Recently, Denis Dyack of Silicon Knights appeared on the 1up Yours podcast to discuss the current state of forum accountability, specifically citing the popular forum NeoGAF as a place that requires change before “something bad happens.”
The crux of his argument (though I recommend anyone interested listen to the entire podcast, because there are several layers of smoke and mirrors before he really gets to his point), is that the anonymity of online discussion leads to a lack of accountability, and that, coupled with the attention that such boards get from journalists and marketing organizations, is bad for the industry in general and society as a whole. It should be noted that Mr. Dyack also seems to think that message boards are “not for profit organizations,” when in reality they are simply giant internet water coolers where word of mouth propagates.
Denis made some good points about the subject, citing journalists who gave nigh-review level previews of his company’s Too Human based on unfinished code, a practice that is, to put it very mildly, irresponsible. Next he began railing against Metacritic, comparing the practice of score aggregation to IQ testing and then saying that both are arbitrary and useless (tearing down this argument is well beyond the scope of this article). The next stop was a recent post he made at NeoGAF (and the subsequent backlash). This is where he got to the heart of his rant, and where he started to go far off the reservation.
To give a little background, recently Denis called out the members of NeoGAF to “stand and be counted,” and give their absolute positions on his upcoming game Too Human. Of course the thread reached epic proportions, with everyone and their mother giving their two cents on the predicted success or failure of the upcoming title.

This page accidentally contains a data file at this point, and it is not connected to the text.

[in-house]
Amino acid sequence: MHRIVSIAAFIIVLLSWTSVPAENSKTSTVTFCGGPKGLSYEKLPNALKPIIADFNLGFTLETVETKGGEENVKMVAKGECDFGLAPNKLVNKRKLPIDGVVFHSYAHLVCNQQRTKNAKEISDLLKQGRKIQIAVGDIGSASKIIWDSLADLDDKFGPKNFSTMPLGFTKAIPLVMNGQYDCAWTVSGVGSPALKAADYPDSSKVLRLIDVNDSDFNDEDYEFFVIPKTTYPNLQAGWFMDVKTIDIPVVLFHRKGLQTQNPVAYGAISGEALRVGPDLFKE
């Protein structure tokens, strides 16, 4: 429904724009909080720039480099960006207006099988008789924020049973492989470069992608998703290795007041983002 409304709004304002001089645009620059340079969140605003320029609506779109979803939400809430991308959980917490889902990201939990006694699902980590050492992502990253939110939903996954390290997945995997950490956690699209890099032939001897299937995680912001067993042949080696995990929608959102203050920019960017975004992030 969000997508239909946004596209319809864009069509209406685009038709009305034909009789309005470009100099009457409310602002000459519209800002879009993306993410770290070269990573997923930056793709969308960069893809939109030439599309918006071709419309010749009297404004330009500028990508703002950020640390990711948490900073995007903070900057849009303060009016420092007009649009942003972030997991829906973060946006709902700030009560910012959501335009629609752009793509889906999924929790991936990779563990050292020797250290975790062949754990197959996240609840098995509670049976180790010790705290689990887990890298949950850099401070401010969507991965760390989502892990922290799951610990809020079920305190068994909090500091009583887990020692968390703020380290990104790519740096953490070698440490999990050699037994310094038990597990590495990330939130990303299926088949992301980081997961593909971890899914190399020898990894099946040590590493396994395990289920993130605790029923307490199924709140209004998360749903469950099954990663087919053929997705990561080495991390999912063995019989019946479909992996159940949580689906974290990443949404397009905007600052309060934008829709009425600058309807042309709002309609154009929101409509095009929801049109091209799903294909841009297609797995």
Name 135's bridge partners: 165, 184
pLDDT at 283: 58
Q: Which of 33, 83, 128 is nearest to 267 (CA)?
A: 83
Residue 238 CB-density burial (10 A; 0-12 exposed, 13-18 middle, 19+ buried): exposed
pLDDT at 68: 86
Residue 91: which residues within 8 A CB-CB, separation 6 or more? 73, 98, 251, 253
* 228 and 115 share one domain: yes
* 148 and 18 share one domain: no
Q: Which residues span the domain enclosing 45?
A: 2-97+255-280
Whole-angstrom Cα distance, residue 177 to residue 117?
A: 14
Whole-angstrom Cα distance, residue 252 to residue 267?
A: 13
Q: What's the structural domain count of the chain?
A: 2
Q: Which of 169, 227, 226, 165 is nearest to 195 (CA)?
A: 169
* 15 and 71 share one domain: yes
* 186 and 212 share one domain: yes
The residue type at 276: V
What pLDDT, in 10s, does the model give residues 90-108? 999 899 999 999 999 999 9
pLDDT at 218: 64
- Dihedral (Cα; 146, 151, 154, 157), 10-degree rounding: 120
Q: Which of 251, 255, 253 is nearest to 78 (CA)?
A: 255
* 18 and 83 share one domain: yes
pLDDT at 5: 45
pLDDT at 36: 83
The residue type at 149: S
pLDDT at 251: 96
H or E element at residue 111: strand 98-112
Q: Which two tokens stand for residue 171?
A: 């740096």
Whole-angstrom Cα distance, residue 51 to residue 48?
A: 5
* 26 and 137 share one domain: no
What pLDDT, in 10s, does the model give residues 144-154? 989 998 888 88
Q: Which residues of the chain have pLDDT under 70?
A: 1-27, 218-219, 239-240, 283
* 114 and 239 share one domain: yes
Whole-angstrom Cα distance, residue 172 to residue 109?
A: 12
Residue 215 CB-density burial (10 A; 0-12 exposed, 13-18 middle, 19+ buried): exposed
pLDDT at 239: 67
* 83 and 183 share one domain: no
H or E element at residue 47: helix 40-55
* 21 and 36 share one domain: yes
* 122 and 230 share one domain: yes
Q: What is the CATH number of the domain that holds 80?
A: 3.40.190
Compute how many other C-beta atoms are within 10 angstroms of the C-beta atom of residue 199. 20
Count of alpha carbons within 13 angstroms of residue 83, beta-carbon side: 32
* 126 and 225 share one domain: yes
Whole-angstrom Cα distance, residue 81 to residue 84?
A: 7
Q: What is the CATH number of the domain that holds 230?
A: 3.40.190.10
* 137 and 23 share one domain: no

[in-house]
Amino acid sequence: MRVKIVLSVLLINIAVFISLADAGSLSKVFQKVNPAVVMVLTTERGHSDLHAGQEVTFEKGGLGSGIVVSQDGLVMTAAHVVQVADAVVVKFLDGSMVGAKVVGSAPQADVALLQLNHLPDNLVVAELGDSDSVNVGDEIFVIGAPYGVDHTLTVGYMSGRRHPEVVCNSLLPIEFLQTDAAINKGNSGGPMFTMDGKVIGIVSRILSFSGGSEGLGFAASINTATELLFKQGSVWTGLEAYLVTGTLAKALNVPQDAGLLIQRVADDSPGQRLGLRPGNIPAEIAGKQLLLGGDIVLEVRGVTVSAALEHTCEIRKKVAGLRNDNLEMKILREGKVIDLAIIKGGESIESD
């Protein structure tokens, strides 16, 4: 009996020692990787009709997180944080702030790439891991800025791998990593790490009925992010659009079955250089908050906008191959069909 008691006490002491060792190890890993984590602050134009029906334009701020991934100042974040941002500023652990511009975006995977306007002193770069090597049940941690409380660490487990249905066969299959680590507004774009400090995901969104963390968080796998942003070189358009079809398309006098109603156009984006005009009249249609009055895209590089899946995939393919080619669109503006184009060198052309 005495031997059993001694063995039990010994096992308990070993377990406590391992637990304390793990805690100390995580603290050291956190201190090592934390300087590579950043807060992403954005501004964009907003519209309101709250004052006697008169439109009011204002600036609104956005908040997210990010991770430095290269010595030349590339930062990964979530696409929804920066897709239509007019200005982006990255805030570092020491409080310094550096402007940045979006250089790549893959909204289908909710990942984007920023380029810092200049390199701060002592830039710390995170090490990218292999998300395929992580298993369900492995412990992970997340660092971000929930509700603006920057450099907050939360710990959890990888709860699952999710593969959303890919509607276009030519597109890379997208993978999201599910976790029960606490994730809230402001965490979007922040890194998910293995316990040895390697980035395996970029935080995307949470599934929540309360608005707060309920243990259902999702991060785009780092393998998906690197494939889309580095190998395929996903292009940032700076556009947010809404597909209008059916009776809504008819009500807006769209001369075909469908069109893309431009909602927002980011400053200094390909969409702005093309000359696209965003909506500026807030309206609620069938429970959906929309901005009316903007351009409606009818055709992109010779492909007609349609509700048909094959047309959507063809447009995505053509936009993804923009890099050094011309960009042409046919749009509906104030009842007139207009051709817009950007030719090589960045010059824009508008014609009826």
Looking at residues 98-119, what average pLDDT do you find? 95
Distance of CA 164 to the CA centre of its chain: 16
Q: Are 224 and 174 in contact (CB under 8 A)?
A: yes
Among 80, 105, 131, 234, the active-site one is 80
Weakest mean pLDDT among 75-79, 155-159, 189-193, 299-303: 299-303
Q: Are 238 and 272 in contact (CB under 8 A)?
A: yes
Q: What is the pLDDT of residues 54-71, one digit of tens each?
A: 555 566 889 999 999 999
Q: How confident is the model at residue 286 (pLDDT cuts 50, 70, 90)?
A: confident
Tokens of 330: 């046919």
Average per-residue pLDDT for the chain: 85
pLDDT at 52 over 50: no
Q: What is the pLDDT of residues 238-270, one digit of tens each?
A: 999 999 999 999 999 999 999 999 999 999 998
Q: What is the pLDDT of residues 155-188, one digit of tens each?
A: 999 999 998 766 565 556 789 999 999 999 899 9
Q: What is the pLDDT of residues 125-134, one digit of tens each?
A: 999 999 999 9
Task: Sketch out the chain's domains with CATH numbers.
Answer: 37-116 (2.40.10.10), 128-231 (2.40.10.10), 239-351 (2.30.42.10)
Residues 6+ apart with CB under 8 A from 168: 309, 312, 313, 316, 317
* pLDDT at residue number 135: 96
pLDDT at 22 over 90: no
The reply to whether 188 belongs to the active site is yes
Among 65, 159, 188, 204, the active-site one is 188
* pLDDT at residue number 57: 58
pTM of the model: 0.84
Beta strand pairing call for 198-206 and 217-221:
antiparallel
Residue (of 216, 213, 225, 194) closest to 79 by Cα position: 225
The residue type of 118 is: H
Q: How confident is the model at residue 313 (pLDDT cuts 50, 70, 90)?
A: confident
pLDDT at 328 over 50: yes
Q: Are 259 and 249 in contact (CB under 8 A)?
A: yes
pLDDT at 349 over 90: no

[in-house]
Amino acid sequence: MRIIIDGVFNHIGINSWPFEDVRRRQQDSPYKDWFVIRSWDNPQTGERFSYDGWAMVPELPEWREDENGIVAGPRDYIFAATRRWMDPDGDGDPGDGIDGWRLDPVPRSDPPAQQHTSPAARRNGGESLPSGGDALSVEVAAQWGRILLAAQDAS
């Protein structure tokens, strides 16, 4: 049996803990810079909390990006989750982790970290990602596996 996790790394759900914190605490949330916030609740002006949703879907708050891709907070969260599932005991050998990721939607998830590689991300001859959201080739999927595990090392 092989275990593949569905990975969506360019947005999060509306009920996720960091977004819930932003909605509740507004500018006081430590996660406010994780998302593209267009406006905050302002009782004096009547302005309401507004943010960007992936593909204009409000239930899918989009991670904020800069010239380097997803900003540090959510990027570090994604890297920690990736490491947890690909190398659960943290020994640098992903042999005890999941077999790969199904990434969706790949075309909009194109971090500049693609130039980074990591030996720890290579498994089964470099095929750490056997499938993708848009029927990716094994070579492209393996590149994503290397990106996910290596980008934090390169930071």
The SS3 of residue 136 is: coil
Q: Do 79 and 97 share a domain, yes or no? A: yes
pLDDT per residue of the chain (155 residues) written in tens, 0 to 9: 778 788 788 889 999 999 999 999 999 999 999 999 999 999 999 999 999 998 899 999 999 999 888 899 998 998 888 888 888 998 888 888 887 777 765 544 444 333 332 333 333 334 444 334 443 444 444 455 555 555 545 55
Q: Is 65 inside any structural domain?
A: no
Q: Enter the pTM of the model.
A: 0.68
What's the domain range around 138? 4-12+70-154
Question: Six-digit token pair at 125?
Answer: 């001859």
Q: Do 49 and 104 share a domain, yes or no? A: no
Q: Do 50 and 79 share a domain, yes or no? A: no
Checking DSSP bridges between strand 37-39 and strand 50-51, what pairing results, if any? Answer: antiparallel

In the podcast, he went off on a tirade claiming that he wrote that post purely as a “social experiment,” then accusing forum goers of judging his game without having any basis for doing so. He additionally implied that no one should post their opinions of a game that they have not yet played. In this, I don’t think he could possibly have been more wrong. When you put information out there about your game- screenshots, footage, etc- you’re doing it in the hopes that it will generate positive buzz. Denis’s tirade, once you strip away the babble about anonymity and accountability, has very little merit at all. Particularly when you consider that he baited these reactions by asking for people to state how they felt about his game and then complaining that they shouldn’t be able to speculate without having played it.
He argues that people should play the game before they are allowed to express an opinion of it. This works out great for Denis, since this scenario features thousands of people buying his game in order to have the right to discuss it. Unfortunately for Denis and Silicon Knights, the average consumer doesn’t have the time or money to buy and play every last game that comes out just to have the pleasure of satisfying Dyack’s conditions for entering the conversation.
If he wants to complain about journalists acting improperly or marketing companies being lazy about their research and scouring forums for data, then those are the parties he should be consulting. Instead he’s flailing wildly, trying to prevent word of mouth from spreading.
One has to wonder if Mr. Dyack would feel quite as strongly if the forums were generating positive hype, the way he had intended.